Vulcania: park attendance up, and two new attractions for 2011

Vulcania, the French amusement park dedicated to the world of volcanos, has a new record attendance this year with 341.000 visitors (+4% compared with 2009). That’s the fourth year in a row that the park increases this number, showing the success of its new development plans.

The park has an annual turnover of almost EUR 9 million (up 8.5%) and claims to have get the benefits of its new rides policy and complete renewal of its scenography.

The park will open two new attractions in 2011.

The first one will be "Mission Toba, a flight over a supervolcano", a new kind of dynamic movie theater created by "Polymorph", "X-Largo" and "Les Crayons". The ride will bring visitors 74000 years ago in Toba, Indonesia, in the center of a supervolcano where they will experience the fury and the devastating power of this amazing natural monster!

Budgeted at EUR 1.6 million, the animated film will be projected onto a 180° screen and on the floor. Visitors will be installed on dynamic platforms in small groups. Image design and special effects will be produced by Polymorph, a French company, which has already collaborated with Alterface for the production of "Mission Ocean" and "Desperados"

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Here is a description released by the park
Lire phonétiquement

Recent volcanic eruptions in Iceland have focused media attention on volcanism due to the profound effects volcanoes can have on human activities. Yet, Eyjafjallajokull is only one member of a family of terrifying phenomena: supervolcanoes! MISSION TOBA takes visitors on an extraordinary journey through time to one of these supervolcanoes...Transported on a futuristic lift, visitors glide in formation over the Toba region in Indonesia where, 74,000 years ago, a spectacular explosion occurred. To experience this breathtaking flight and discover the force of this eruption, the audience is enclosed in a new auditorium with a 180° screen and projectors in the floor that reinforce the feeling of being immersed in the volcano. During this flight over the Toba region, visitors will be able to appreciate the devastating power of supervolcanoes”.

What is a supervolcano?

Scientists are increasingly interested in supervolcanoes, formations whose unbelievable activity could affect the entire planet. 10,000 more powerful than an ordinary volcano, a supervolcano can emit more than ten billion cubic metres of matter during a single eruption. Today, we have identified a dozen such volcanoes around the world, in Papua New Guinea, New Zealand and California, but the most famous one is to be found under Yellowstone National Park in Wyoming. If it suddenly woke up, its impact on the planet would be unprecedented, similar to the effect of the Toba supervolcano 74,000 years ago. Its power, according to scientific simulations, would disrupt the Earth’s climate, causing a "volcanic winter" that would probably last several years. In some areas temperatures would drop by 15°C and plants, deprived of sunlight, would be become pale and stunted over several million square kilometres. Some researchers postulate that part of the human population would be wiped out at that point.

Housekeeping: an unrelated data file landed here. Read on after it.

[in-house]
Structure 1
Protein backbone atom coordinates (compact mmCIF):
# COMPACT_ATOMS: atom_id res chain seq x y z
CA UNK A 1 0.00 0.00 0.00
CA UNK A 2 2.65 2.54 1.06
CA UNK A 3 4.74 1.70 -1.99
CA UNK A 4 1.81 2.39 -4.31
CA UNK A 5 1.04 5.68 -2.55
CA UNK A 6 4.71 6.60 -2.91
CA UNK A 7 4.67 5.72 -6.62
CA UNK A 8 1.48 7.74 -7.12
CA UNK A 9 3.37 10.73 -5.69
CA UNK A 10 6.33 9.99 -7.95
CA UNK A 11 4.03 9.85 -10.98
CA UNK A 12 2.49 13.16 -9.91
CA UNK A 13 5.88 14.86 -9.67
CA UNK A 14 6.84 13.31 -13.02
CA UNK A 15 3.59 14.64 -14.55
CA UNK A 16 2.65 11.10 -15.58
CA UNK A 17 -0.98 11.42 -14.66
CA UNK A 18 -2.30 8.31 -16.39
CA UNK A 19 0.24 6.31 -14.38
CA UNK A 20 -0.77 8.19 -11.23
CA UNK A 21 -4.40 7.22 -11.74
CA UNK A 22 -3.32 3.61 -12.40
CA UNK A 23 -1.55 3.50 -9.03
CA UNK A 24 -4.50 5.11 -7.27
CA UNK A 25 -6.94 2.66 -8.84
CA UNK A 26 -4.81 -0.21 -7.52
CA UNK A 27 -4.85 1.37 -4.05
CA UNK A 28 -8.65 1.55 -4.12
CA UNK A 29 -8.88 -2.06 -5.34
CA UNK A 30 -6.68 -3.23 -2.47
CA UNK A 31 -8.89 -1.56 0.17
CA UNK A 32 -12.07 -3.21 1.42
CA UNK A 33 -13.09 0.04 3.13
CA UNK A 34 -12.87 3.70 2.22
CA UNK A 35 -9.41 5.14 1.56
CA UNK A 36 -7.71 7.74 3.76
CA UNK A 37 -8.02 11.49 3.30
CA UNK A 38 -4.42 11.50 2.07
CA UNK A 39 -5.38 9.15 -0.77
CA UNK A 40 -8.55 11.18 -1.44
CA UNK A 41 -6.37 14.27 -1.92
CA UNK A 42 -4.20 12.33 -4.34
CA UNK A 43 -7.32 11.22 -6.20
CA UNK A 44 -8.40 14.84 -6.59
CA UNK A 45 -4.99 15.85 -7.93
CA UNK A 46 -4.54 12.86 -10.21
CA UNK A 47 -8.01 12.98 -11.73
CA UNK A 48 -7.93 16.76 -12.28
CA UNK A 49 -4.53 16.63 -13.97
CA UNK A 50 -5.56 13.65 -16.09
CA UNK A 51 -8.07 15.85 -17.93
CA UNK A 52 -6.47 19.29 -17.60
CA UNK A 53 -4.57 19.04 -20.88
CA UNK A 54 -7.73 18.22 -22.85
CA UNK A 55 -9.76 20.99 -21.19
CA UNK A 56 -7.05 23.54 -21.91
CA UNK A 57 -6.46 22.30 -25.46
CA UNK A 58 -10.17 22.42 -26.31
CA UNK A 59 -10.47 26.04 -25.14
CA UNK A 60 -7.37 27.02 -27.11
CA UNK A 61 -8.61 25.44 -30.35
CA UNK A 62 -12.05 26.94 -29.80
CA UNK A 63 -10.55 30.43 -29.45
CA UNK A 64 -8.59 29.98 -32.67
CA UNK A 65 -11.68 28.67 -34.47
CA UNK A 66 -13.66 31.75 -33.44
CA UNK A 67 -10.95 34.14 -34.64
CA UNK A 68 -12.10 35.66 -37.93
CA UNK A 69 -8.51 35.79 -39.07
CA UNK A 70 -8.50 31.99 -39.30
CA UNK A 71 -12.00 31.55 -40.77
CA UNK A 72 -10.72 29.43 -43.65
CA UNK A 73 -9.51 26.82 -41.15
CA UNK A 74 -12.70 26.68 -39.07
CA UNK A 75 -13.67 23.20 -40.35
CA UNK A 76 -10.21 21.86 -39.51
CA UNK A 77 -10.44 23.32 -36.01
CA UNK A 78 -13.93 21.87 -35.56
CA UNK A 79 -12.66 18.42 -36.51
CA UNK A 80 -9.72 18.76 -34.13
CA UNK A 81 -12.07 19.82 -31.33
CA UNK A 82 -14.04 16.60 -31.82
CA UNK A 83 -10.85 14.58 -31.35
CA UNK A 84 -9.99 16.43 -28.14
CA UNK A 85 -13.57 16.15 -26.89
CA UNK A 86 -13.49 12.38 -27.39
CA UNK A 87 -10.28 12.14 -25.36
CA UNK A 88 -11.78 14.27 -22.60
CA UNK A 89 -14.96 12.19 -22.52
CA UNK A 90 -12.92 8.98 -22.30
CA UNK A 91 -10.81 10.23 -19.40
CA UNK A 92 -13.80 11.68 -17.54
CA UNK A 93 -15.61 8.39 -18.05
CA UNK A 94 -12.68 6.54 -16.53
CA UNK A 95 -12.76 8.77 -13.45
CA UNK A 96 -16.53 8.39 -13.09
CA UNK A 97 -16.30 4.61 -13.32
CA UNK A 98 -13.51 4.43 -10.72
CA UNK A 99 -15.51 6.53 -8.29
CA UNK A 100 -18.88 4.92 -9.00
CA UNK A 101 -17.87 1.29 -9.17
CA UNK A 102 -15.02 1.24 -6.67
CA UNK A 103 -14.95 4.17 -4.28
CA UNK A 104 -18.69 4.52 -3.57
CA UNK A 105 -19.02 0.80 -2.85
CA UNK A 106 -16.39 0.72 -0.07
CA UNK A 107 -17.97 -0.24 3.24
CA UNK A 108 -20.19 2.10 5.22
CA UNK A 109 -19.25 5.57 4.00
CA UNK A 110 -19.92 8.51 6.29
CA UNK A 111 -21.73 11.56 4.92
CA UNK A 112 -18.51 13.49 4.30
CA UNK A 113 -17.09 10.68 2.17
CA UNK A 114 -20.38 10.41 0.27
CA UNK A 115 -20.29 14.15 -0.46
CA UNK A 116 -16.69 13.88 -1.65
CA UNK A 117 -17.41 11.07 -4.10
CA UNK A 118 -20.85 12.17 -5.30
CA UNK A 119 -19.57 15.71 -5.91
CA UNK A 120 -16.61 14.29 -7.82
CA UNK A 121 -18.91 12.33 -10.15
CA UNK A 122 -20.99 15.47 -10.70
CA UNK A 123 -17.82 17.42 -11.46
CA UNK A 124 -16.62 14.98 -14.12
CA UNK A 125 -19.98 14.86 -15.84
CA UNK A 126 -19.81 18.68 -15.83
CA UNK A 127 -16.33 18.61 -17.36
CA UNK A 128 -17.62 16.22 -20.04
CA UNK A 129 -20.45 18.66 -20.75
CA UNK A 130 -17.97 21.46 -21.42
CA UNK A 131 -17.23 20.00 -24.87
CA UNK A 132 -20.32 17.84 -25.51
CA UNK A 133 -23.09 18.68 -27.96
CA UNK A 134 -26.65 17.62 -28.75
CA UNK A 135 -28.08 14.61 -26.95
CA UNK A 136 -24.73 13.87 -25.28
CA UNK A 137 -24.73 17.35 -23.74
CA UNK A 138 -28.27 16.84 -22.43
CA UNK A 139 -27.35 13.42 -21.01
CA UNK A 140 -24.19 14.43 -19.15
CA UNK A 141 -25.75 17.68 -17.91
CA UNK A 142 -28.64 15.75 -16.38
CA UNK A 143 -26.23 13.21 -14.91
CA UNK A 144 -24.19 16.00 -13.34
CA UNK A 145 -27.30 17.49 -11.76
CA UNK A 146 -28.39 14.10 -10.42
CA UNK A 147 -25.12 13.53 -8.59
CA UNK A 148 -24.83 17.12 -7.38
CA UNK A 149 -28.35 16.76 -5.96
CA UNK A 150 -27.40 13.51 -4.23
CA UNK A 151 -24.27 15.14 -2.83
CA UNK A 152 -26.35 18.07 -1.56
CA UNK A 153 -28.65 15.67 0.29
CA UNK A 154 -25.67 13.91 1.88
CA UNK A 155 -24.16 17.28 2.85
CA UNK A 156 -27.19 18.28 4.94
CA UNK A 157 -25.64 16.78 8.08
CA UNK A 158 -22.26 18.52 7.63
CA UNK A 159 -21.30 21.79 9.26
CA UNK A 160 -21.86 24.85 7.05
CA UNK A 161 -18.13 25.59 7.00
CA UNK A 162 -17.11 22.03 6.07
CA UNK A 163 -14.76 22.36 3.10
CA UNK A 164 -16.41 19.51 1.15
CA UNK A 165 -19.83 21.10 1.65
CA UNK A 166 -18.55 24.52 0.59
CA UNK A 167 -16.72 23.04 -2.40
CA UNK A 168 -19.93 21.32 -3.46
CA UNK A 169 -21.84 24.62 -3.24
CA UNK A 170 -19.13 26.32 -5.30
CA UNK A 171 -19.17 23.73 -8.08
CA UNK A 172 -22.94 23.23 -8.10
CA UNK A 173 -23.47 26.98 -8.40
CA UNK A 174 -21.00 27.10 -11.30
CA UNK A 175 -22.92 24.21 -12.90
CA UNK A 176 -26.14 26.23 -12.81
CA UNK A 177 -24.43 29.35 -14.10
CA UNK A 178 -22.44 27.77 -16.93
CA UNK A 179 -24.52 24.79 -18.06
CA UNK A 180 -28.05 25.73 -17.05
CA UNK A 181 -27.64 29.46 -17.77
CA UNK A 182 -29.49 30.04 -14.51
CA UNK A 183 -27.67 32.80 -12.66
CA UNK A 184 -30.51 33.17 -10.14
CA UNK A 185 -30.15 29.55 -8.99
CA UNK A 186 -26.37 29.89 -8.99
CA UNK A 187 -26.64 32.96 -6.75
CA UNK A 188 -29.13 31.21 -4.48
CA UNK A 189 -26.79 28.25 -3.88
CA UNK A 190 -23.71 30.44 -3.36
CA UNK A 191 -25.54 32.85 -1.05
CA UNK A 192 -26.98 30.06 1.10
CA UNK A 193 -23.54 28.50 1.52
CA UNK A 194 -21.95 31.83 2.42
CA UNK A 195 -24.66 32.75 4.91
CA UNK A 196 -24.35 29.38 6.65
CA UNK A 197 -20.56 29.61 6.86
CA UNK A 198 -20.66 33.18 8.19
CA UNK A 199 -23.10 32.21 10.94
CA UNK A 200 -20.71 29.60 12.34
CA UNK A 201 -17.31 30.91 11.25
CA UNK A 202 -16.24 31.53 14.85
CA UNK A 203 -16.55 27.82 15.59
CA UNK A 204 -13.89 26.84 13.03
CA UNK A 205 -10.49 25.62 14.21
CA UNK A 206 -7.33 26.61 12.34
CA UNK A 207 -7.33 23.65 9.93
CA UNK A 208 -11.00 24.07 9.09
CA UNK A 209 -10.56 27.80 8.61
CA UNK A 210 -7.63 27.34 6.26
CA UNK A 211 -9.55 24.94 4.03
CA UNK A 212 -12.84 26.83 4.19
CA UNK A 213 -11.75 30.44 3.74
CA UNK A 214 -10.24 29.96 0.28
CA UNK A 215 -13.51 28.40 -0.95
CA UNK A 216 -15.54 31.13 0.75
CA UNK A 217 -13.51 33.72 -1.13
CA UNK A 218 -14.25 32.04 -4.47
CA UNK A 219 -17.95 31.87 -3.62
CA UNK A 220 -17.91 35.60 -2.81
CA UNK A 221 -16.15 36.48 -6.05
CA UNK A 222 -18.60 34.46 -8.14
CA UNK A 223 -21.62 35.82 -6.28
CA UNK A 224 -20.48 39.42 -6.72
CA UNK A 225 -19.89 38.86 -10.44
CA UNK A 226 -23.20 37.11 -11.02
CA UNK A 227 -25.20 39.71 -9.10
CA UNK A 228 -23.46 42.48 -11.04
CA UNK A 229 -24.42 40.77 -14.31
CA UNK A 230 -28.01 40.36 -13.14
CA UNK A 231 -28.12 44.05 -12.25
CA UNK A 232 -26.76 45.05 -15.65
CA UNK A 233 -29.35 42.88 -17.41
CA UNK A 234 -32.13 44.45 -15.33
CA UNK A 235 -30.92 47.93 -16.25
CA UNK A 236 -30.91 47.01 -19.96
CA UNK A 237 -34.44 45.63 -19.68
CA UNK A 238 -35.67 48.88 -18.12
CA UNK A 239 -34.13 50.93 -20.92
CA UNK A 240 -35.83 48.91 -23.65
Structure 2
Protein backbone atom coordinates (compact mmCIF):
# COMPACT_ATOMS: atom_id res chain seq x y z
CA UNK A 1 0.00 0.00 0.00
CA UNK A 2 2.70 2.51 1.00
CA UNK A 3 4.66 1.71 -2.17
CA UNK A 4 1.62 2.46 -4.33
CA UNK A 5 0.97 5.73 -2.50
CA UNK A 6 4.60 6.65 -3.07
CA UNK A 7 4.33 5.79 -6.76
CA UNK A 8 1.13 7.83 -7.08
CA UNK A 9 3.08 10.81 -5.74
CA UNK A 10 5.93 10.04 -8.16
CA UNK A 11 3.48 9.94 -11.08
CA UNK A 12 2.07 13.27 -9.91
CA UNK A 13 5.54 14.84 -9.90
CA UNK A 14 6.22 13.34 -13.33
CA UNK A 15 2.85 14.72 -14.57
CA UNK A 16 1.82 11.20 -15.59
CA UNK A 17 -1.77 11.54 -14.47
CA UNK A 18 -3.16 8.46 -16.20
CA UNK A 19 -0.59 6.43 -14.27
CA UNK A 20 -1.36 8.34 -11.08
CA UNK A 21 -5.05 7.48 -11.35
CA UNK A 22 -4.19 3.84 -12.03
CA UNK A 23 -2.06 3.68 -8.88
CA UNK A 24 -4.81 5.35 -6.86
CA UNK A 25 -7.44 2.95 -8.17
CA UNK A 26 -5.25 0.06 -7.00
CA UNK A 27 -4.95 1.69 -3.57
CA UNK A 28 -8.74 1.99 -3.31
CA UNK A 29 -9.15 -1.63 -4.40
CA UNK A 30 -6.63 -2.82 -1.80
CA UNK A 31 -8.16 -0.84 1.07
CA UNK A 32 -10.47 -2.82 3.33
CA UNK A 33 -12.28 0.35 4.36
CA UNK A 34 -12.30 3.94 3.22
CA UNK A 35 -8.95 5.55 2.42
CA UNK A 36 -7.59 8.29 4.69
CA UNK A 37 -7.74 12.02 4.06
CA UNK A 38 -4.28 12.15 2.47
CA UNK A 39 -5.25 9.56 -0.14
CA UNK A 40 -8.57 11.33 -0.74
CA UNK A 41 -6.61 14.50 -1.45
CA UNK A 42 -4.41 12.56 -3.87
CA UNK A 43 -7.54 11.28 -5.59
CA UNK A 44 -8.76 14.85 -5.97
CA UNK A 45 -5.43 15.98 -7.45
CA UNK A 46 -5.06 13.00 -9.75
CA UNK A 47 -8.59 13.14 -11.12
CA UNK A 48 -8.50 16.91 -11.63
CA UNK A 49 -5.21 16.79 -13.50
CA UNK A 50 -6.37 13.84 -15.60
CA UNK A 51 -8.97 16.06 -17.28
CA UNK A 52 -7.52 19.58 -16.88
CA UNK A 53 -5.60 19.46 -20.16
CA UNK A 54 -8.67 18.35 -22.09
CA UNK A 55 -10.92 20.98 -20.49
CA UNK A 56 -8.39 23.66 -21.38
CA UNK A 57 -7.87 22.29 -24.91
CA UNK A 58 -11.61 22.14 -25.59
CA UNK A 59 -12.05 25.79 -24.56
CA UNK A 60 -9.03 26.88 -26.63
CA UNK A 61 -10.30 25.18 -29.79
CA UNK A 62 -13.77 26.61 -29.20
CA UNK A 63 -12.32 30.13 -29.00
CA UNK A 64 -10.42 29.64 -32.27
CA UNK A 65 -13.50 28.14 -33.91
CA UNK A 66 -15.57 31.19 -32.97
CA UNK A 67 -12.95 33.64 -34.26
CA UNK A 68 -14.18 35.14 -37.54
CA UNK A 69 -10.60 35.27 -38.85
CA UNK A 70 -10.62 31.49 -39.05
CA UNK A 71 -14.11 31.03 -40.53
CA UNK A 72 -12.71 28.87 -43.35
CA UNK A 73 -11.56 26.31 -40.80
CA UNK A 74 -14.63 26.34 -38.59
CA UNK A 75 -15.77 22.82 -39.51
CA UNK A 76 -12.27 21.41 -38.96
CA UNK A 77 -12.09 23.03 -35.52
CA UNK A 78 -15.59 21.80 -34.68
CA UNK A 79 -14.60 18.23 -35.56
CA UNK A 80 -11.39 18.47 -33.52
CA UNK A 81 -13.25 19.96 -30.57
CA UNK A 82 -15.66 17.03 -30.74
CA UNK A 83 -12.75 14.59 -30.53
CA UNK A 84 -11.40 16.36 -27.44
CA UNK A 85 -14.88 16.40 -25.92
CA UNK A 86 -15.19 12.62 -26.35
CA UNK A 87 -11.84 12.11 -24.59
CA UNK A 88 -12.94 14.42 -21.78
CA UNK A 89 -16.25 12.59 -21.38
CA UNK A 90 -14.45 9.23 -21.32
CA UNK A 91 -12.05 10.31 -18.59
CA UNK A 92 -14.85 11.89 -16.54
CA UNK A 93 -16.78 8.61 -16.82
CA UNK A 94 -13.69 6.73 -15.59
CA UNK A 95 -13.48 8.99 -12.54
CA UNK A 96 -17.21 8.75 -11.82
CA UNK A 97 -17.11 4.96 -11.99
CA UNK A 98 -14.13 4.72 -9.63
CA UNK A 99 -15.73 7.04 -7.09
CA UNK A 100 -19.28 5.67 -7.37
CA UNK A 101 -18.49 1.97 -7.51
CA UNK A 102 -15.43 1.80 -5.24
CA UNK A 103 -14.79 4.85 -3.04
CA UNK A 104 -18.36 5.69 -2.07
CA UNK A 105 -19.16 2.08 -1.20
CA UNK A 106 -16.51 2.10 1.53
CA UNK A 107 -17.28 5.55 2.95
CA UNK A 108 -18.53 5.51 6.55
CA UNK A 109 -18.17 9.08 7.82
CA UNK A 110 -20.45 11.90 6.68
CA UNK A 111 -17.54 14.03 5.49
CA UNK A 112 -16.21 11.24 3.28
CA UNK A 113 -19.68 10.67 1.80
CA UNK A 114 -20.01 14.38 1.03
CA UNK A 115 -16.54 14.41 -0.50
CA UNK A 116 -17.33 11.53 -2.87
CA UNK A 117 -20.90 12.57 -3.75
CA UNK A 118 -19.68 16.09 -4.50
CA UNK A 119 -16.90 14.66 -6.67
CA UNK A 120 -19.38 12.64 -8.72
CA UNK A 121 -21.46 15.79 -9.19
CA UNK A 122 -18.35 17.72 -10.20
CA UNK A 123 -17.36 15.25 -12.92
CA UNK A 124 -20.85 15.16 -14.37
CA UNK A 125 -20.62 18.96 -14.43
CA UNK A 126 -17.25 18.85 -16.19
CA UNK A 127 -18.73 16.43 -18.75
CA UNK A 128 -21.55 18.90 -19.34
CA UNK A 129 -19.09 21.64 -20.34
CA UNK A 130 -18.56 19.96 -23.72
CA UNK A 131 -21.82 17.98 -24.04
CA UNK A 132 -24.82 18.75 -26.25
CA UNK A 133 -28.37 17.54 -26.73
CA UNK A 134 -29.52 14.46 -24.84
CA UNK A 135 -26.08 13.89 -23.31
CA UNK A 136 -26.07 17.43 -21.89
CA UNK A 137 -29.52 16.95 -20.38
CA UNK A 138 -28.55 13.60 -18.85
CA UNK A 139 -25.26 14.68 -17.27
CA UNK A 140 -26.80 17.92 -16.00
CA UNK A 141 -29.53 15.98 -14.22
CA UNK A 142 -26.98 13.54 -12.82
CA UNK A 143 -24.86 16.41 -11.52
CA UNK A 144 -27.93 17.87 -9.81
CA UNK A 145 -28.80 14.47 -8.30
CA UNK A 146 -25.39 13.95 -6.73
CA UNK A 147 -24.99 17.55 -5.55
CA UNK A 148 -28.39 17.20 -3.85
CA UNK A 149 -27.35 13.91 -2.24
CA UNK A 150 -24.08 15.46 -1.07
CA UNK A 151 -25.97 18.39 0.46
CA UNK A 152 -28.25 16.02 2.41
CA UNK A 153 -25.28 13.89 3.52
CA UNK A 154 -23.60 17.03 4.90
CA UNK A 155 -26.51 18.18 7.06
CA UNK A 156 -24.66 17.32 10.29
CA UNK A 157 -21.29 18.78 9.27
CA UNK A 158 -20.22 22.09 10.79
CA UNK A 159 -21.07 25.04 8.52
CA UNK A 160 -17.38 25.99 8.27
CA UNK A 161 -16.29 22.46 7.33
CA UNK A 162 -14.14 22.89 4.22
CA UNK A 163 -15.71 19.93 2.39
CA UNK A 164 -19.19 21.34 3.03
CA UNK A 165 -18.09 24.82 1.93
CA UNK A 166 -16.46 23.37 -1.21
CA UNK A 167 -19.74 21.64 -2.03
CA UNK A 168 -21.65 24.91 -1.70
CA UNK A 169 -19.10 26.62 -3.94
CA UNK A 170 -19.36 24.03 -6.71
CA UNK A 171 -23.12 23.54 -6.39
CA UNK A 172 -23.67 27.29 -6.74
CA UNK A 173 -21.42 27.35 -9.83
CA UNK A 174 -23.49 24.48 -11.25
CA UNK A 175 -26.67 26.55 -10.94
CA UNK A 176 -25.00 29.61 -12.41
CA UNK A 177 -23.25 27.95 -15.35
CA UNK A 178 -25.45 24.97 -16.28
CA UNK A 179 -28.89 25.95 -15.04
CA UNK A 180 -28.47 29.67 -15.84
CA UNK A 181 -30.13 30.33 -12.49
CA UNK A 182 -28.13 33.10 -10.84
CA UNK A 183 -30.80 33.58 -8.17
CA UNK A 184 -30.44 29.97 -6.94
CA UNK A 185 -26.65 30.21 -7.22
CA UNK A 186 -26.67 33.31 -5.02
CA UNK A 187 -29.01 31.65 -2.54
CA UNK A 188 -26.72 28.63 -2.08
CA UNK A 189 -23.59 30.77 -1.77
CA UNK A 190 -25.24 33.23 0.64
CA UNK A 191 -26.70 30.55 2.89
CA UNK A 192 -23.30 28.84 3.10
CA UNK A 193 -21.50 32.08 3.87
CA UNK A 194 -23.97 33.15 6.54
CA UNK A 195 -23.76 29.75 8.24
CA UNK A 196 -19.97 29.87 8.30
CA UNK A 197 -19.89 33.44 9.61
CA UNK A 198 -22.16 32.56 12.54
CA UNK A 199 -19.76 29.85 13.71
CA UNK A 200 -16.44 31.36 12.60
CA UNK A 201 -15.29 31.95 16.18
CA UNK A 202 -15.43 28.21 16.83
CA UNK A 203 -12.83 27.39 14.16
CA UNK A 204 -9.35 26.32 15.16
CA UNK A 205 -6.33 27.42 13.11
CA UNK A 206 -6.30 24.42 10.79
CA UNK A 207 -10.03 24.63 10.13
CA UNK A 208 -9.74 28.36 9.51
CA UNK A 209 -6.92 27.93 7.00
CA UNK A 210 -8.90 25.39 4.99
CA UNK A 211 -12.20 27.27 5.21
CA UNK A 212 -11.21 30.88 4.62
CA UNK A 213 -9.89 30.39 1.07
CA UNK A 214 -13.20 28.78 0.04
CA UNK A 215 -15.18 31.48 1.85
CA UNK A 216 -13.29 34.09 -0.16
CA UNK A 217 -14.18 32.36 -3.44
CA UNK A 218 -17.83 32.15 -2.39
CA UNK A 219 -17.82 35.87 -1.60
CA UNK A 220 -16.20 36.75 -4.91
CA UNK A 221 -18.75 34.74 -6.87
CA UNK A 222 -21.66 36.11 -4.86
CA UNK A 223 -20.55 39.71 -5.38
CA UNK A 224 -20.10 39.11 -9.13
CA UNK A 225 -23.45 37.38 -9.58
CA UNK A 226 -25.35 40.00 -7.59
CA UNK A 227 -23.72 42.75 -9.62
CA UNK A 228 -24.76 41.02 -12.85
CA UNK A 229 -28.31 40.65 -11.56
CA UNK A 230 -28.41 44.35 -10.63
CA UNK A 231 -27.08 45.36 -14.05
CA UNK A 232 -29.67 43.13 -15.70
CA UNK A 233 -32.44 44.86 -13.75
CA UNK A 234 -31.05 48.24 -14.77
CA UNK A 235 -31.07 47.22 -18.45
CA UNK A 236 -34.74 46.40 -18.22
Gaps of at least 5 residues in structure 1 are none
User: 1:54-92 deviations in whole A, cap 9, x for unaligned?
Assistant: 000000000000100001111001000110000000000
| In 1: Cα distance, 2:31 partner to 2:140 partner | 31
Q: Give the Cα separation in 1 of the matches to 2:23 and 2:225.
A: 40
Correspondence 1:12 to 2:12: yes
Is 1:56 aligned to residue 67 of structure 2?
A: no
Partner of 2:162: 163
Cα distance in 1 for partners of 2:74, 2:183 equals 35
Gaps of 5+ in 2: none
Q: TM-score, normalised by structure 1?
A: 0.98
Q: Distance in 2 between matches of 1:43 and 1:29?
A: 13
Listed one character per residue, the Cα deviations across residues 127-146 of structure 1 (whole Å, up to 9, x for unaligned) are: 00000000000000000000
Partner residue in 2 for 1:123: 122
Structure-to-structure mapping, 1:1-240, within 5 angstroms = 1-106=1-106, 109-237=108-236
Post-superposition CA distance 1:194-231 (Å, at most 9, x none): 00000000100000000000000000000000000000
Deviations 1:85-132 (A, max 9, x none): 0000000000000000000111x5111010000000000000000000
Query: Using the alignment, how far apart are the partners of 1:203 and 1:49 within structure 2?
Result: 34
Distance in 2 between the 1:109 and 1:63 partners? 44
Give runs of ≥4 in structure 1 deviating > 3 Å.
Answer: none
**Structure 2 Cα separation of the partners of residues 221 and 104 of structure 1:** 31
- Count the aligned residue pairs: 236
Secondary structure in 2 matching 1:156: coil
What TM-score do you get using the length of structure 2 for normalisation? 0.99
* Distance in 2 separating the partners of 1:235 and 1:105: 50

The second novelty will be an exhibition "The volcano devils" devoted to the couple of volcanologists Katia and Maurice Krafft. It will show unreleased footage, personal belongings and testimonials of people who worked or travelled with them during their careers.

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For the 20th anniversary of their death, Vulcania is paying a special tribute to a unique couple, Maurice and Katia Krafft, who dedicated their lives to volcanism.

The exhibition is designed to reflect a life of enthusiasm, commitment and personal convictions. The legendary couple travelled the world, fascinated by the beauty and fury of volcanoes. During their travels, where they encountered populations living in volcanic areas and exposed to danger on a daily basis, they became committed to studying the most destructive among them, gray volcanoes, for which they risked their lives. Through this exhibition, Vulcania aims to illustrate this realisation and the battle started by the Kraffts to raise awareness among authorities of the need to prevent volcanic risks with one goal in mind: saving lives”.

Maurice and Katia Krafft, wandering volcanologists

They marked the end of the twentieth century with their strong personalities and way of life, their dedication to volcanism and their impelling need to transmit their beliefs. They created, thanks to their passion, thirst for exploration and images, an innovative work in scientific vulgarisation. Volcanologists and photographers, Maurice and Katia Krafft left a unique legacy and an unparalleled library devoted to volcanoes with 300,000 photos, 300 hours of footage, dozens of paintings and watercolours and a host of books. Independent, united in their passion for volcanology, fascinated by the beauty of eruptions, they were present wherever the Earth exploded. On June 3rd 1991 at 3:18 pm they died, swept away by a pyroclastic flow on Mount Unzen, on the island of Kyushu, Japan.

For more details, go to the Vulcania website (available in English, Dutch, German, Spanish and Italian)

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